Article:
Vision and Autonomous Systems Seminar

  • Gates Hillman Centers
  • Traffic21 Classroom 6501
  • Research Group Leader
  • Max-Planck-Institut für Informatik
  • Saarland Informatics Campus

Capturing and Learning Digital Humans

The world is shifting towards a digitization of everything -- music, books, movies and news in digital form are common in our everyday lives. Digitizing human beings would redefine the way we think and communicate (with other humans and with machines), and it is necessary for many applications; for example, to transport people into virtual and augmented reality, for entertainment and special effects in movies, and for medicine and psychology. 

Currently, digital people models typically lack realism or require time-consuming manual editing of physical simulation parameters. Our hypothesis is that better and more realistic models of humans and clothing can be learned directly by capturing real people using 4D scans, images, and depth and inertial sensors. Combining statistical machine learning techniques and geometric optimization, we create realistic statistical models from the captured data. To be able to digitize people from low-cost ubiquitous sensors (RGB cameras, depth or small number of wearable inertial sensors), we leverage the learned statistical models -- which are robust to noise and missing data. 

I will give an overview of a selection of projects where the goal is to build realistic models of human pose, shape, soft-tissue and clothing. I will also present some of our recent work on 3D reconstruction of people models from monocular video, and real-time joint reconstruction of surface geometry and human body shape from depth data. I will conclude the talk outlining the next challenges in building digital humans and perceiving them from sensory data.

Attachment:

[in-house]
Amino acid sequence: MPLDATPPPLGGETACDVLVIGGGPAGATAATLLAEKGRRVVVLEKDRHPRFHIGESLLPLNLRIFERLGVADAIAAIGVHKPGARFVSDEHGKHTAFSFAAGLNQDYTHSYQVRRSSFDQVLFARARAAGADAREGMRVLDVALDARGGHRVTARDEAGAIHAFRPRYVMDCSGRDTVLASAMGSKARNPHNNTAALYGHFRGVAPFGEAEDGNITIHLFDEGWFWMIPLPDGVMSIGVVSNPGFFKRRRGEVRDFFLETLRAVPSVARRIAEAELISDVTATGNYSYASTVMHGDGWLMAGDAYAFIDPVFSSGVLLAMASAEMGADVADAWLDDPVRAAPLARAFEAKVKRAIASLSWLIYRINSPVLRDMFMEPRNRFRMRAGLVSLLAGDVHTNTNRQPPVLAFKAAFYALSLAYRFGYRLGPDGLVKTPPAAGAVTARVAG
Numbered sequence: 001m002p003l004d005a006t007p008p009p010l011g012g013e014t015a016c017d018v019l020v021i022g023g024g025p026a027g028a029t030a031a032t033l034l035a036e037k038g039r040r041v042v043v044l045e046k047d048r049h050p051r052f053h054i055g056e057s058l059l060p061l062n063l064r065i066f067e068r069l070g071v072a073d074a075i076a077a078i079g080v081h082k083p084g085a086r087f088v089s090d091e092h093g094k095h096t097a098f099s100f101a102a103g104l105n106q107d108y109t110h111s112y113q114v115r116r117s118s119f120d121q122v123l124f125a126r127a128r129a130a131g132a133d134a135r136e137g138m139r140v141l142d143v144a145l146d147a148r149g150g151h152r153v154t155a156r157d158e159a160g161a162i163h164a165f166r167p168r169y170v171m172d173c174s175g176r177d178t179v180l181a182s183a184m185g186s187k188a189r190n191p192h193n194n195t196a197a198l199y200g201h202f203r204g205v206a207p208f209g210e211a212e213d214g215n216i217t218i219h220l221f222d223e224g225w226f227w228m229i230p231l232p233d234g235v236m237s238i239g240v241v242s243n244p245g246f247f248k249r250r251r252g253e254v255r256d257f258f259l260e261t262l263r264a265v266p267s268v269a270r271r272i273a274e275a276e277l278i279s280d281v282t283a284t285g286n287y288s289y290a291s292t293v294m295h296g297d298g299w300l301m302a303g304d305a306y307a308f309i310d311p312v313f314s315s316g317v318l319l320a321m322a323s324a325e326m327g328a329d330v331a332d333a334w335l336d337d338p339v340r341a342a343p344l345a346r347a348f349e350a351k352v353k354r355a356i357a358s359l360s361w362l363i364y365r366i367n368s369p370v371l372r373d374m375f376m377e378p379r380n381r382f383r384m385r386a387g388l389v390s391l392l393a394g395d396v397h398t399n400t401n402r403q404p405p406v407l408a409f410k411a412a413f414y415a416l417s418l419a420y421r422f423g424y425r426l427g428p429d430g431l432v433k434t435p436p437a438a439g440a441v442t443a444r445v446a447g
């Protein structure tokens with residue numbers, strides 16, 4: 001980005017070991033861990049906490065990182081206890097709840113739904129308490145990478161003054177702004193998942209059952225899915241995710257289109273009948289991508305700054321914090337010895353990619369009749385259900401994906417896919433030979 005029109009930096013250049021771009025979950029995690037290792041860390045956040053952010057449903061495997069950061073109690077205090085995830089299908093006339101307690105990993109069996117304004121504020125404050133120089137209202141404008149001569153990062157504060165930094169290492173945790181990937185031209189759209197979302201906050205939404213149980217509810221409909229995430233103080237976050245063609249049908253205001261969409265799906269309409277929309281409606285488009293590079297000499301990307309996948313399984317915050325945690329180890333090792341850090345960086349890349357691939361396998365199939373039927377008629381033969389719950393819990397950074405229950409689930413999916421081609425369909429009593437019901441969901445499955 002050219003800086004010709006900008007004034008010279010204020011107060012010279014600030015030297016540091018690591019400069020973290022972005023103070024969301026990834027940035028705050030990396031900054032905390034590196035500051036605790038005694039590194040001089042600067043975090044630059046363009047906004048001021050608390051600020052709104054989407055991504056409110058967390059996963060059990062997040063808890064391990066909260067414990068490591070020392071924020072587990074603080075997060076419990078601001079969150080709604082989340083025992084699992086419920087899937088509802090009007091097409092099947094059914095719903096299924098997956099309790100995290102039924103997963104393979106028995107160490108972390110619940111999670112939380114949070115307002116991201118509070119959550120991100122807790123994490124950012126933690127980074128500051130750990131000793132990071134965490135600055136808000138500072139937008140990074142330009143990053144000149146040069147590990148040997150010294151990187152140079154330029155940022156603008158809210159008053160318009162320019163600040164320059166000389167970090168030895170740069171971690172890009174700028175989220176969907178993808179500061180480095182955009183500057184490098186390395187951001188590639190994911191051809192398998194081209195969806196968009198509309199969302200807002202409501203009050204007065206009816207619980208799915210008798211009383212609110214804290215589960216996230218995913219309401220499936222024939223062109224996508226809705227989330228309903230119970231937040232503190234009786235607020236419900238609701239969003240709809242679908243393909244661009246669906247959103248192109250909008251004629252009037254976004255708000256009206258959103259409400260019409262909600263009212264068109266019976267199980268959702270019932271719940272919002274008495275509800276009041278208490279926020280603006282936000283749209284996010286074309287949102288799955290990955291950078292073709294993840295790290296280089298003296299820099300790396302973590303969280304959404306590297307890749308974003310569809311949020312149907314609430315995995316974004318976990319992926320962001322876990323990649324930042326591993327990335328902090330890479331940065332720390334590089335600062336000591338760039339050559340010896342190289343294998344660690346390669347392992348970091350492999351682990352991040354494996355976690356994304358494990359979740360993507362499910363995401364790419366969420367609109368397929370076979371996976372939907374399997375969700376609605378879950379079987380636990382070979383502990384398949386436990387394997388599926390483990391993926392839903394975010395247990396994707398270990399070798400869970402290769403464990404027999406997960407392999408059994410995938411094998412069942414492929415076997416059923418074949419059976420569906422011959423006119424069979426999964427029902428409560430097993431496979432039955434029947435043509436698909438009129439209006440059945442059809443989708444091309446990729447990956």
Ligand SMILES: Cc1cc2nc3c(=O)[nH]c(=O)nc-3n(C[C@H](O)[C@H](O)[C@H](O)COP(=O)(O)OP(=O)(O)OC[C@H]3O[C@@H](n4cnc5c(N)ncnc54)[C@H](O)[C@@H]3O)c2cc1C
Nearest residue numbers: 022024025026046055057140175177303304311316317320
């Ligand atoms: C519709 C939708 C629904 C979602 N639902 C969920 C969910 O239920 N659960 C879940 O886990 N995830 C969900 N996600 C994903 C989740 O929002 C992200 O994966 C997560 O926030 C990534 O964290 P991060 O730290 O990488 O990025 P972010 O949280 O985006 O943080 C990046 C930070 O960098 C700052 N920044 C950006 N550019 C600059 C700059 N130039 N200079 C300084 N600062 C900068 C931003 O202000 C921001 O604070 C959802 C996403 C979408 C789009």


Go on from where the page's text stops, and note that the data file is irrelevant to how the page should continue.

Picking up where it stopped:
Gerard Pons-Moll is the head of the research group "Real Virtual Humans" at the Max Planck for Informatics (MPII) in Saarbrücken, Germany. His research lies at the intersection between computer vision, computer graphics and machine learning -- with special focus on analyzing people in videos, and creating virtual human models by "looking" at real ones. His research has produced some of the most advanced statistical human body models (which are currently used for a number of applications in industry and research), as well as pioneering algorithms to track and reconstruct 3D people models from images, video, depth, and IMUs.  

His work has been published at the major computer vision and computer graphics conferences and journals including Siggraph, Siggraph Asia, CVPR, ICCV, BMVC(Best Paper Award 2013), Eurographics(Best Paper Award 2017), IJCV and TPAMI. He serves regularly as a reviewer for TPAMI, IJCV, Siggraph, Siggraph Asia, CVPR, ICCV, ECCV, Eurographics, SCA, ICML, NIPS and others. He co-organized workshops and tutorials on capturing and learning digital models of humans at SIGGRAPH'16, ICCV'11, ICCV'15 and ECCV'18.

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